I realize that there are more people than I would like to acknowledge that have strong prejudices against others because of their race, religion, ethnicity or other reason. It continues to shock me when I see the ugliness of the expression of such prejudices as the recording of this event provided. As the woman to whom the remarks were directed pointed out, it’s abnormal to start a conversation like that with someone you do not know. There really is something wrong with people who are so blinded by their prejudices that they feel compelled to lash out at a person who has done them no wrong. The comments reflect a deep-seated hatred that comes out for reasons only a mental health expert could help discover.
What is particularly troubling these days is the blurring of the line between political convictions and prejudice toward individuals. In our deeply divided political landscape, too often political views become opportunities to demonize people who hold different views. Unfortunately talk radio, social media and some cable news shows tend to invite this destructive phenomenon.
In addition to the repulsiveness I feel about the hateful comments, I was also saddened that social media and news accounts described the scene as a store in Reston, Virginia. I know from a lot of personal experience the amount of effort that so many people have made over the years to ensure that Reston is an open, welcoming and inclusive community. While I understand why the store did nothing to address the situation, I wish somehow there had been a disclaimer on the video: The woman speaking does not represent the views of the people of Reston.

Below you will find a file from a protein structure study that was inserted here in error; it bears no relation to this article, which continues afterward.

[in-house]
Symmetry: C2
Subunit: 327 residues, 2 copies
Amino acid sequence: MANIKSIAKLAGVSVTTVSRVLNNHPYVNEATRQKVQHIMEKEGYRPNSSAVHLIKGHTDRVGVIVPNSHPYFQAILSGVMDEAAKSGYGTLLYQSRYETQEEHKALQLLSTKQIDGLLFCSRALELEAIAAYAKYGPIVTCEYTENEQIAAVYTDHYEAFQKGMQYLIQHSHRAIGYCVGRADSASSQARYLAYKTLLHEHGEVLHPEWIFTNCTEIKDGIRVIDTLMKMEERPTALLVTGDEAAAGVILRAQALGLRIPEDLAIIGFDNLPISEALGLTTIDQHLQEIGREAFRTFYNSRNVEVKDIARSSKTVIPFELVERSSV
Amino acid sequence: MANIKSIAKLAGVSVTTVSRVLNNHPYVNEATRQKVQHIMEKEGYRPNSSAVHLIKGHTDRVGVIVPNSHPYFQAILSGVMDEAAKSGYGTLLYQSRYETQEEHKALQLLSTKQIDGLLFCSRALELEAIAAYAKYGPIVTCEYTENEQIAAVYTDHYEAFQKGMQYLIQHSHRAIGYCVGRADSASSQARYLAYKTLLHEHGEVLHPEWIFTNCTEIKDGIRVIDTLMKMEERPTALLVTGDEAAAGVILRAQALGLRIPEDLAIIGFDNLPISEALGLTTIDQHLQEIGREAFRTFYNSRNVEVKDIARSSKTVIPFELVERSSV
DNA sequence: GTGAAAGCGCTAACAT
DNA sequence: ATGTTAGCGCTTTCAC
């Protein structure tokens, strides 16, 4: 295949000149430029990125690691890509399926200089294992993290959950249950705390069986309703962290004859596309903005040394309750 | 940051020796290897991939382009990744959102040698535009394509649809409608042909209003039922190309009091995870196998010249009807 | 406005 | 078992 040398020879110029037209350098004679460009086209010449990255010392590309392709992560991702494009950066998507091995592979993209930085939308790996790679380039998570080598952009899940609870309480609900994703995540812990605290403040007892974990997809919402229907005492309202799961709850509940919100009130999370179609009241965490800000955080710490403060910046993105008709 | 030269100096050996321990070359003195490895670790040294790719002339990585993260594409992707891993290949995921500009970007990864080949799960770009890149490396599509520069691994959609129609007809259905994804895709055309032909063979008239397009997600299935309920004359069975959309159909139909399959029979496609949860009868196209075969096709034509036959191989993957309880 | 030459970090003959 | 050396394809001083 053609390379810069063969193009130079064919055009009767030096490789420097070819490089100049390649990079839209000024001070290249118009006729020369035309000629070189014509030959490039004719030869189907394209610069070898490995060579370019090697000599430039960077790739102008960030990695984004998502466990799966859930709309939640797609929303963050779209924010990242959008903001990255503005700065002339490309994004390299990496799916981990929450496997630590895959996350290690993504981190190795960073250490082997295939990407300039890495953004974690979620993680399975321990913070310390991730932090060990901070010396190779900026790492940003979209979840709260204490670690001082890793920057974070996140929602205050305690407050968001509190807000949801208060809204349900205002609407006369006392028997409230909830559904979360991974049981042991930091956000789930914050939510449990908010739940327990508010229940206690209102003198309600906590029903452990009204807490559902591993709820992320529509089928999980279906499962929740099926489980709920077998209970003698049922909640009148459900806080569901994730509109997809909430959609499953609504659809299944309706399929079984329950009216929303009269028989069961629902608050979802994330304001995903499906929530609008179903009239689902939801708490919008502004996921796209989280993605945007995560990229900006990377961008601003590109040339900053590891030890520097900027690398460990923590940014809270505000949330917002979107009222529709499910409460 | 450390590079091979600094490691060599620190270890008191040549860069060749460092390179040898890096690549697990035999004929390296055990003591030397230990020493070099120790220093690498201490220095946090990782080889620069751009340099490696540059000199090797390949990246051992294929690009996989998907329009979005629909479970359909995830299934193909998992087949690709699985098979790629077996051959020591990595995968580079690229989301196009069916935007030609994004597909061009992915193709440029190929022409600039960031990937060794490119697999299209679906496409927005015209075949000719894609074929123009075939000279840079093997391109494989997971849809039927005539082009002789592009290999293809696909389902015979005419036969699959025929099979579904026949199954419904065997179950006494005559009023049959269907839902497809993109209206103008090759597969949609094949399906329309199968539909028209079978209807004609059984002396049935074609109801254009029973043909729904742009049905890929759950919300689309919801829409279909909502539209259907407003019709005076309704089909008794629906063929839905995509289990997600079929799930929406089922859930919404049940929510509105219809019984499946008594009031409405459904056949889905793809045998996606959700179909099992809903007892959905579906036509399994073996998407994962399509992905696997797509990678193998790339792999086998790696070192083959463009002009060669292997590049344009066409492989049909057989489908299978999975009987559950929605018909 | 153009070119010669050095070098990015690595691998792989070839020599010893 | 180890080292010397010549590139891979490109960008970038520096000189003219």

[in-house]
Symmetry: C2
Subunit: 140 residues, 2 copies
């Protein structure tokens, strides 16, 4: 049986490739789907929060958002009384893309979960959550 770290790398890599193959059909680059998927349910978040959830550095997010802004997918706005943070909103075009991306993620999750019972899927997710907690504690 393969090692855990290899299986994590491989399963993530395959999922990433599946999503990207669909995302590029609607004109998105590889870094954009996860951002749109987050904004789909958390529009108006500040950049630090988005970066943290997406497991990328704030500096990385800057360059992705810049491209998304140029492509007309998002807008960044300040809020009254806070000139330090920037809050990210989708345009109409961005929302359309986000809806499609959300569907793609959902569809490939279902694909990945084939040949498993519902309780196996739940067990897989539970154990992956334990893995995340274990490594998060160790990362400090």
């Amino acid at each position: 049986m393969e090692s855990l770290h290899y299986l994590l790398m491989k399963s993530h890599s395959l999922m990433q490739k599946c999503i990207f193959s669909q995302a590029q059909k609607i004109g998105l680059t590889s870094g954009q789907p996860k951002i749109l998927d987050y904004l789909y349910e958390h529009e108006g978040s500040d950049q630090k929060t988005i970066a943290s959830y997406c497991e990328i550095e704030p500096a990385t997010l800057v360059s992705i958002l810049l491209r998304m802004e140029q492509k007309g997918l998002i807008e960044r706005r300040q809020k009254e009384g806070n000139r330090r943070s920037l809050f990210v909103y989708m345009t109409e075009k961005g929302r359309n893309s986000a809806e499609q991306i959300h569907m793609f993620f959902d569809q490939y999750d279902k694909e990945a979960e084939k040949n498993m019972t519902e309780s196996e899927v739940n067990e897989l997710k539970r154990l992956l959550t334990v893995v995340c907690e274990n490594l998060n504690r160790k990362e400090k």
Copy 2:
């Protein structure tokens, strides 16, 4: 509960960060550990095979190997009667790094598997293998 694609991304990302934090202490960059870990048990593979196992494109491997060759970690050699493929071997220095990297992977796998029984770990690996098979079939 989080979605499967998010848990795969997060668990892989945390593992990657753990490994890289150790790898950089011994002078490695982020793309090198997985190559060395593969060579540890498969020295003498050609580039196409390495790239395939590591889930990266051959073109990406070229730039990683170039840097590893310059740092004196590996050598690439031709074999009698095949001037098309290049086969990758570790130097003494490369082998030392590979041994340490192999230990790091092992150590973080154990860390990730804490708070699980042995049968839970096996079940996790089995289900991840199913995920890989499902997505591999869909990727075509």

The situation reminds us that building community is not a one-time occurrence, a workshop, or a feel-good session. Building a community of respect and love is an ongoing process that we work at a little every day. We greet those we meet; we hug each other; we attend each other’s houses of worship; we show respect to others; we speak out against hate and prejudices; we listen to each other. We use appropriate channels to discuss political views, and whether in person or online we stick to the issues and don’t resort to personal attacks.
A display of hateful and ugly prejudice as we have just witnessed must bring us together in mutual support and respect as we want Reston and every other community to display.
Among the many institutions that seem to be under attack these days, the federal Department of Education and public schools are of great concern.
Public education predates the federal Department of Education, but the Department has played an important role in raising standards and expanding access for all children. Left to their own devices, state and local school boards would go in many different directions that may leave quality and access more to chance than legal requirements.
I am reminded regularly by my constituents of their support for quality public schools, but last week I was reminded also of the range of controversy surrounding public education. A postcard I received in the mail had a picture of a yellow school bus on it with a caption: “The humanist machine.”